Blood Work is a multi-pronged look at the history of blood transfusion during the Scientific Revolution in both England and France. Tucker mainly tells the story of Jean-Baptiste Denis, a physician outside the cult of Paris-educated noblemen, who in what could have been a world-changing experiment transfused calf’s blood into a madman in Paris. The madman died and Denis wound up framed for murder as a result. Tucker also looks at the race between the English and the French to transfuse faster, and their struggles to publish first and occasional glossing over of facts as they did so. The book is also a deeper look at the ethics behind blood transfusion; the many ways people questioned what they didn’t understand, tried to stop it happening, and eventually wound up slowing progress for hundreds of years.
Blood Work has been on my wishlist since well before it was published. I bought it almost immediately afterwards, but for some reason took a while to actually get around to reading it. I think my expectations were slightly too high. I needn’t have worried, as this is truly a riveting account of a story I’d heard little about. Blood transfusion is an essential for our modern day doctors. It saves lives every day. As a result, it’s somewhat shocking to read about the origins of it and the many crazy things people thought would happen. Would cow’s blood turn a man into a bovine? Would he start to baa like a sheep? If you transfused blood from people of different colours, what happened? These questions made people very nervous, some so much so that they would do anything in their power to stop the process.
I have to admit one of the questions foremost in my mind as I was reading this book was just how people and animals weren’t dying left and right from the transfusions. There was no idea of blood types then. These scientists thought they were transferring blood from all different species, including at the final experiment, and most patients seemed to have only mild symptoms. Tucker thankfully reveals the answer to this; there probably wasn’t actually that much blood being transferred. The technology wasn’t really advanced enough until the 20th century, when luckily blood typing was also discovered.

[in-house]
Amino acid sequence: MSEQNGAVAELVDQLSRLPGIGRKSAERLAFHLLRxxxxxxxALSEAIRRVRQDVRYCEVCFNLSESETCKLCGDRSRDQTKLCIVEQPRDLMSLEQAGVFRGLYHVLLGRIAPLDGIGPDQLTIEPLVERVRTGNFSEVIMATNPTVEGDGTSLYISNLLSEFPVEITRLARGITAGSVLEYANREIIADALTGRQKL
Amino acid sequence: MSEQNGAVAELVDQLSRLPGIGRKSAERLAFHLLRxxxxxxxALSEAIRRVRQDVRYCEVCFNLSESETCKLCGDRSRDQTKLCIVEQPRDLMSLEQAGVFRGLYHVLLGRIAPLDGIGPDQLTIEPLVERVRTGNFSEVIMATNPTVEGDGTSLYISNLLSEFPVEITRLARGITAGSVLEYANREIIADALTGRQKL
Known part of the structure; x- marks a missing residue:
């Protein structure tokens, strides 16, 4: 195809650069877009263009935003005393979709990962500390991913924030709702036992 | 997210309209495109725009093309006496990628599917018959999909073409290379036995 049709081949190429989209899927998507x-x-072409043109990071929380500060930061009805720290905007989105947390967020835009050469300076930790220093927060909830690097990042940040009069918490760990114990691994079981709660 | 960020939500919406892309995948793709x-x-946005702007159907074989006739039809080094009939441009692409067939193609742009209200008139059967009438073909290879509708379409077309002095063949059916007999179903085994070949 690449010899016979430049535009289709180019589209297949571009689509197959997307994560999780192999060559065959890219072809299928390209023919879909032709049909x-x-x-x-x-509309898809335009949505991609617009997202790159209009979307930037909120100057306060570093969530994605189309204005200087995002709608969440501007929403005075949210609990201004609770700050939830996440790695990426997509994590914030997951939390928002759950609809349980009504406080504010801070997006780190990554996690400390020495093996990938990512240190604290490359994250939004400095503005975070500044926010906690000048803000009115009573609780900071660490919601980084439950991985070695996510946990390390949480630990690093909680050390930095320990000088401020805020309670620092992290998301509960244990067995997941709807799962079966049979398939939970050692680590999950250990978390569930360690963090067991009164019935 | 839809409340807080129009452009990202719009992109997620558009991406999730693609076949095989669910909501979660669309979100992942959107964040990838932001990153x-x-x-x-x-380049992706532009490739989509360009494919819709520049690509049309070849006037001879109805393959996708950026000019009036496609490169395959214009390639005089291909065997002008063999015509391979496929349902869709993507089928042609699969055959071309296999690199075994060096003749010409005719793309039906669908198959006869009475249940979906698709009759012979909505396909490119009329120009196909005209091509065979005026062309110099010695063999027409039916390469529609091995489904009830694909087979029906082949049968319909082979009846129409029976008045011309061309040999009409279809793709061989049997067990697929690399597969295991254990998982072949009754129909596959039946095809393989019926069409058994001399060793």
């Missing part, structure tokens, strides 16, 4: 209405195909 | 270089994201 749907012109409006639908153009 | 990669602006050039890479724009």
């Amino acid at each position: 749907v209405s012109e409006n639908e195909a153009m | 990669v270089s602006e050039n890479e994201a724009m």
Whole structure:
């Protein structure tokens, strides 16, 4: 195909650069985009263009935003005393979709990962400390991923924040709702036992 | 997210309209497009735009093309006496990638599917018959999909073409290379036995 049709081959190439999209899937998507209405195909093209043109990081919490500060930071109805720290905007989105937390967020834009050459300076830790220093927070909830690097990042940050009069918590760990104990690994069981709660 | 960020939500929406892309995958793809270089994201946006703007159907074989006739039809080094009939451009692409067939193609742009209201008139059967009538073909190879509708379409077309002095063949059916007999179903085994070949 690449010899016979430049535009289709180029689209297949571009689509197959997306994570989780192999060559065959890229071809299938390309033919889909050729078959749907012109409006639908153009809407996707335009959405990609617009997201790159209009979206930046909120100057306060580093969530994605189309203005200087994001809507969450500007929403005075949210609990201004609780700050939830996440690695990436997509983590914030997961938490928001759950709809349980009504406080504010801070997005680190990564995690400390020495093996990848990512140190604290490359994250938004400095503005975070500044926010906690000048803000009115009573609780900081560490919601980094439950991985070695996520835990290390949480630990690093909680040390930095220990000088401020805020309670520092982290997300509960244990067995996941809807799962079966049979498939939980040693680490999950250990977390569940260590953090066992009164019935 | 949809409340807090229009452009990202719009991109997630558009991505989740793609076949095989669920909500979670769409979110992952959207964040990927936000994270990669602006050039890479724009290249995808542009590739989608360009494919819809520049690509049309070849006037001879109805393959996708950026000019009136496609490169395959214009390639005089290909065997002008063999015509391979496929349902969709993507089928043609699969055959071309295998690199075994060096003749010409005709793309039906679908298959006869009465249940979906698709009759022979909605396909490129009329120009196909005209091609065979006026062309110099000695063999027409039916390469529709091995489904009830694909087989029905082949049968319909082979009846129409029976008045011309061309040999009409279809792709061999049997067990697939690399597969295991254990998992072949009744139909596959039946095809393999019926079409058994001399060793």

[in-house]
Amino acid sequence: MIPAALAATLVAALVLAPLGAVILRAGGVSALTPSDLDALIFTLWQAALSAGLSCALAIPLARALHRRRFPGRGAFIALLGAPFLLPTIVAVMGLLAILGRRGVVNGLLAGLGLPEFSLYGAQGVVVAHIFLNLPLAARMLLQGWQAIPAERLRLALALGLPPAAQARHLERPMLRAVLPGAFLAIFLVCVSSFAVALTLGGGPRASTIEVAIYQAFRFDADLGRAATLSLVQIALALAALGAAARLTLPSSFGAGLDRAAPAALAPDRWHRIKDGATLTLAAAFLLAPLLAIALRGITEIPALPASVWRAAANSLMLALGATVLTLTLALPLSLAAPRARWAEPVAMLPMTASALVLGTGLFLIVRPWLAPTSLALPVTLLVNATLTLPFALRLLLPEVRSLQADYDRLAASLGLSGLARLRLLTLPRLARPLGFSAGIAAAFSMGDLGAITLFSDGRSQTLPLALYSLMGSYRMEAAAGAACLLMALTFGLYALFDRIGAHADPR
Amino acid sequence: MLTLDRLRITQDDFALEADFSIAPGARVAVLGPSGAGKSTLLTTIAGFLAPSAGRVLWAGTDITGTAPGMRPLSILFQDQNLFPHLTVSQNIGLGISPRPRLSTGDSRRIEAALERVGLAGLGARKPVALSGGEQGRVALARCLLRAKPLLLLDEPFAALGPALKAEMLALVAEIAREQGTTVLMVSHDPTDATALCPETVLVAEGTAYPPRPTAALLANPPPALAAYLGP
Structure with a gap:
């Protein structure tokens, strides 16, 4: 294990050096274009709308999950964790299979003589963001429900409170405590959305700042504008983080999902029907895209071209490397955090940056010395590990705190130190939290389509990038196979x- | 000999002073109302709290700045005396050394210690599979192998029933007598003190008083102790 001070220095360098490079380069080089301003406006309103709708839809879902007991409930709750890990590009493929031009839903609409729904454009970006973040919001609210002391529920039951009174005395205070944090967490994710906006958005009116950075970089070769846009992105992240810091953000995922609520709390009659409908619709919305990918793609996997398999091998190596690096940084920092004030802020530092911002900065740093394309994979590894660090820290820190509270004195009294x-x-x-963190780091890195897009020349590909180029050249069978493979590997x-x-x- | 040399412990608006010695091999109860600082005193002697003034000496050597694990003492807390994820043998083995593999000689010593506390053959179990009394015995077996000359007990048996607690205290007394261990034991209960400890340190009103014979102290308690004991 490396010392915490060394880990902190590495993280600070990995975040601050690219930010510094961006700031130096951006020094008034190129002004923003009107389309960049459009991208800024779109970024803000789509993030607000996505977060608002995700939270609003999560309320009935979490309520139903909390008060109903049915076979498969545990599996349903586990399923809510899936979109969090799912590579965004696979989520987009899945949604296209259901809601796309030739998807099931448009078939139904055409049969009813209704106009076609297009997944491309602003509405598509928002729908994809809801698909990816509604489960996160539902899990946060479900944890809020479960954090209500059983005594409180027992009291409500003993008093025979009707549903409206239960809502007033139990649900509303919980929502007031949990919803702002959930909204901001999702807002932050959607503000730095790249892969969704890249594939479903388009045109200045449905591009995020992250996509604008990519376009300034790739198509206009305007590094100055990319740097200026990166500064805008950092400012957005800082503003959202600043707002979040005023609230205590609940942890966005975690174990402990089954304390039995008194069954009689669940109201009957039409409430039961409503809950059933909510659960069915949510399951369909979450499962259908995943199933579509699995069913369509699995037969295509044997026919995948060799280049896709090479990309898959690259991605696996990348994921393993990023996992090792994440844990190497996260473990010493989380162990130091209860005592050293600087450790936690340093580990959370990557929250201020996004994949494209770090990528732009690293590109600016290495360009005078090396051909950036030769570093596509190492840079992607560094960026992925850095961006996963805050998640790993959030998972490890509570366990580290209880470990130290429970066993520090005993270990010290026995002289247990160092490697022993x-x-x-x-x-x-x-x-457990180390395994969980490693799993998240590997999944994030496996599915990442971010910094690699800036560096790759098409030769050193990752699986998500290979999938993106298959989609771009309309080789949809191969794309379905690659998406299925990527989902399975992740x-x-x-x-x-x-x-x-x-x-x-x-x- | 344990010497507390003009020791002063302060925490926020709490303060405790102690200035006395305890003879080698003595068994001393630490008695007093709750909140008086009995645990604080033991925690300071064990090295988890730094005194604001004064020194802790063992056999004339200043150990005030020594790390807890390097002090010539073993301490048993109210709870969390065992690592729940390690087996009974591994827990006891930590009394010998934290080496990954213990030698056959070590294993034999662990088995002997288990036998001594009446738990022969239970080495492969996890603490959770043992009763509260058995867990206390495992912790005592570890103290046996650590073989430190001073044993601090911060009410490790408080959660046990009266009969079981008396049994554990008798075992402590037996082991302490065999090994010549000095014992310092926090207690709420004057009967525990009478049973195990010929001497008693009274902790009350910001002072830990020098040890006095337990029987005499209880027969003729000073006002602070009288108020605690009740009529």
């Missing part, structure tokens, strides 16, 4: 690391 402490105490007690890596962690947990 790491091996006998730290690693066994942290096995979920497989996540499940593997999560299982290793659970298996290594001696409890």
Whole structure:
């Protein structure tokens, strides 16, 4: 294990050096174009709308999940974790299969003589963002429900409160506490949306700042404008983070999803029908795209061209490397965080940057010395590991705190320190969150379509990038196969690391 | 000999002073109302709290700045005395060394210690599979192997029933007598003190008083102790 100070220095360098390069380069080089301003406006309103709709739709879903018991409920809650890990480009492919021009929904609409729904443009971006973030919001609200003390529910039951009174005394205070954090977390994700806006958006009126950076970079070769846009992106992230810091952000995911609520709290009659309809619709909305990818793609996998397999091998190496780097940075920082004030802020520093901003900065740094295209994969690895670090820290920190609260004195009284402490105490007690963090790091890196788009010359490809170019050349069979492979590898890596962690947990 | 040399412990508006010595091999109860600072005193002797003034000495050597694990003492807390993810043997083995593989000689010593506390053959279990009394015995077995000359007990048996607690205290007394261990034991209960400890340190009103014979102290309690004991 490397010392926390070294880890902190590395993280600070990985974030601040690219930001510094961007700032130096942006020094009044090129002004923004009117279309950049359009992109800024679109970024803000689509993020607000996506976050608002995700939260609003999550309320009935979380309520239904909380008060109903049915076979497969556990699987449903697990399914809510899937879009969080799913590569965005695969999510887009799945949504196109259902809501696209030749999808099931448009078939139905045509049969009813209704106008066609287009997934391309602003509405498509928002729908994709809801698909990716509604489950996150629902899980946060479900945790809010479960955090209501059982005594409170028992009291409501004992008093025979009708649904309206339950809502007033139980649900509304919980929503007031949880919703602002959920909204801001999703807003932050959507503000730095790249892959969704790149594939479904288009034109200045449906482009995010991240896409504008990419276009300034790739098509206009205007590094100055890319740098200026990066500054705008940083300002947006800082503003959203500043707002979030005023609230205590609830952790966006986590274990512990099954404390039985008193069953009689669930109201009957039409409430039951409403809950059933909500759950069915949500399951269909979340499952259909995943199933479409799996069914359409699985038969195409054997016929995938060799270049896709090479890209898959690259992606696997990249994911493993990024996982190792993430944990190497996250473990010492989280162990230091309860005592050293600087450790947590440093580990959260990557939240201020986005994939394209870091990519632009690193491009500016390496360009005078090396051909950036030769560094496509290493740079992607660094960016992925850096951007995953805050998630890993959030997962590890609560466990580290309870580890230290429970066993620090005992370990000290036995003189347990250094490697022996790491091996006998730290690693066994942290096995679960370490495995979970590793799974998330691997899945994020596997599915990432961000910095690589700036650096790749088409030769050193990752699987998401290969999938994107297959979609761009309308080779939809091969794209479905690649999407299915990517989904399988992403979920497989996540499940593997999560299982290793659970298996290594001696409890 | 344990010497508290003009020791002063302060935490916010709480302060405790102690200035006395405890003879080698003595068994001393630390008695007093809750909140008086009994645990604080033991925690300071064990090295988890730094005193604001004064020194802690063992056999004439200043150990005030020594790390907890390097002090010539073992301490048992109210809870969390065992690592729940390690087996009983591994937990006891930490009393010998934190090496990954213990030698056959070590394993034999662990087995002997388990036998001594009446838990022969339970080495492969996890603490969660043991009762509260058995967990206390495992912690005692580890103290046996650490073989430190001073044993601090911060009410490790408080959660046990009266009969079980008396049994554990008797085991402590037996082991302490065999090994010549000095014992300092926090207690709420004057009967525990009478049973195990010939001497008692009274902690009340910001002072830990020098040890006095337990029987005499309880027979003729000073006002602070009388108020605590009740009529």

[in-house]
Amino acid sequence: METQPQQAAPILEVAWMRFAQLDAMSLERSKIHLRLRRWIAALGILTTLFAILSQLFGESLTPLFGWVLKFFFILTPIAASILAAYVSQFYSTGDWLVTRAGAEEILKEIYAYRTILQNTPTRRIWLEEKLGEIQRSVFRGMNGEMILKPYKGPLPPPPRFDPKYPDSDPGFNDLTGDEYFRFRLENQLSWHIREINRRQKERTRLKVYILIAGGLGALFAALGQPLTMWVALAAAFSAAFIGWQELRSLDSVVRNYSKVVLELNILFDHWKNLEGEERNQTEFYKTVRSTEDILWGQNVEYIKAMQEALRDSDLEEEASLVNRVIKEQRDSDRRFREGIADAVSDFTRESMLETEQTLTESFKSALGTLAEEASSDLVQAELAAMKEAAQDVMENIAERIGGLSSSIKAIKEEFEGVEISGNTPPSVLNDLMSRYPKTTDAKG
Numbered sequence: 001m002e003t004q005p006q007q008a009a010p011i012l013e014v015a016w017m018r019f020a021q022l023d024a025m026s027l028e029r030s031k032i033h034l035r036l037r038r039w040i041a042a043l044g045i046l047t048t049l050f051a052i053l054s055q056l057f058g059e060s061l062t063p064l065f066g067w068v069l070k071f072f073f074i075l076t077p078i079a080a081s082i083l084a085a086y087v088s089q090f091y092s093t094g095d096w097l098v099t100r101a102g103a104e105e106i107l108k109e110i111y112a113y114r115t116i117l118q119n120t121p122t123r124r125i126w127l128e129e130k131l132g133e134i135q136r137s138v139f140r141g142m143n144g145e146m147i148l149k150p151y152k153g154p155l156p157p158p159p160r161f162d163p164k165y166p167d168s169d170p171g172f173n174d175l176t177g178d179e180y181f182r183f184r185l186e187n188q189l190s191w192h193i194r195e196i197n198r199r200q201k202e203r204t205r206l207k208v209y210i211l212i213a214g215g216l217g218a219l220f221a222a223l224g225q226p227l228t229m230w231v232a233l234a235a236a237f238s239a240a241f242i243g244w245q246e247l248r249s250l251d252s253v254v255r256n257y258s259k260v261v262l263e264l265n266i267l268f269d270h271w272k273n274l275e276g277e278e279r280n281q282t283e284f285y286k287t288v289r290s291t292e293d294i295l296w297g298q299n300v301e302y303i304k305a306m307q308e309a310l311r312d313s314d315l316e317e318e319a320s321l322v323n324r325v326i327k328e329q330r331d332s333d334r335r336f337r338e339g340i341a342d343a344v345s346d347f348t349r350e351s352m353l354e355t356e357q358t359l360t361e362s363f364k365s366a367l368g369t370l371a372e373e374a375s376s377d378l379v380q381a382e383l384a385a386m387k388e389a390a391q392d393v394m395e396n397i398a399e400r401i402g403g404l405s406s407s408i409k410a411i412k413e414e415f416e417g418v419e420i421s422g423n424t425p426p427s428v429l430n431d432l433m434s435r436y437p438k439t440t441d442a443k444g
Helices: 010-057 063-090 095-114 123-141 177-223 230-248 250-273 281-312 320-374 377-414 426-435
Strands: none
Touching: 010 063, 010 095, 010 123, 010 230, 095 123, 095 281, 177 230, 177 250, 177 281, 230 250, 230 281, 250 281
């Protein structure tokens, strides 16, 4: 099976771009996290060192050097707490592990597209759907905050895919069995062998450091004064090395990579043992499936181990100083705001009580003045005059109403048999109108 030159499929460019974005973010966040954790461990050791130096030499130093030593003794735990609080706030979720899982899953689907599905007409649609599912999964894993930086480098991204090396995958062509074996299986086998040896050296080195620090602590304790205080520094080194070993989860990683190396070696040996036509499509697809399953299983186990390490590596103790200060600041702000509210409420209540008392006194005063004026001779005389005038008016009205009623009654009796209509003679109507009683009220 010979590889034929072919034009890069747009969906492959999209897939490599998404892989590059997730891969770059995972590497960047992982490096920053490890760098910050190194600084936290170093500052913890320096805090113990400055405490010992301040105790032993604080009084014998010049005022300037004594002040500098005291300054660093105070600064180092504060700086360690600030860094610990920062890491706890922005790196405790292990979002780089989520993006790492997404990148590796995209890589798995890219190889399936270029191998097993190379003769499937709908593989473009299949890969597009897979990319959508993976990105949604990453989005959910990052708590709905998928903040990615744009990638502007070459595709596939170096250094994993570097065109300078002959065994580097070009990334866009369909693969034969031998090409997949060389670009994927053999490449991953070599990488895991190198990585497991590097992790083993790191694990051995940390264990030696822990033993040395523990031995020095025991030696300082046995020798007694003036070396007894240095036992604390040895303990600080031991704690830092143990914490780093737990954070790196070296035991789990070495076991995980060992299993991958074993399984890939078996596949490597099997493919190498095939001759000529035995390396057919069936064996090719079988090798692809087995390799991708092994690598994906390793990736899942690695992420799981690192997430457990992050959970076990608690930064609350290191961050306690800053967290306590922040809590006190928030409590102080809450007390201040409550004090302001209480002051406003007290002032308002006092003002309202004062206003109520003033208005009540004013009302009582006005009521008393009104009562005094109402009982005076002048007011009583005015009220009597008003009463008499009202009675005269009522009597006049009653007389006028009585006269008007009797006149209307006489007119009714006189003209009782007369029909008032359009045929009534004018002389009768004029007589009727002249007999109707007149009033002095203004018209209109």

The philosophical issues surrounding transfusion were also fascinating. Tucker explains in the book that she was inspired by George W. Bush’s statements against stem cell research. Many of the same arguments we hear now against stem cell research were employed in the battle against blood transfusions. That treatment saves lives every single day. I’ll let you draw your own conclusions, but it certainly provides much food for thought.
I haven’t even touched on the historical mystery that Tucker explores within the book, but it also works quite well and the threads of the book fit perfectly together. My only reservation is that parts of the book made me a bit queasy – I’m not even good with this sort of thing written in words! For someone who isn’t particularly bothered by descriptive language about transfusions, this wouldn’t be a problem.
Blood Work is a very engaging, fast paced narrative work of history that will appeal to any curious about the Scientific Revolution, how blood transfusions began, or even the issues surrounding experimentation on human beings. Recommended.
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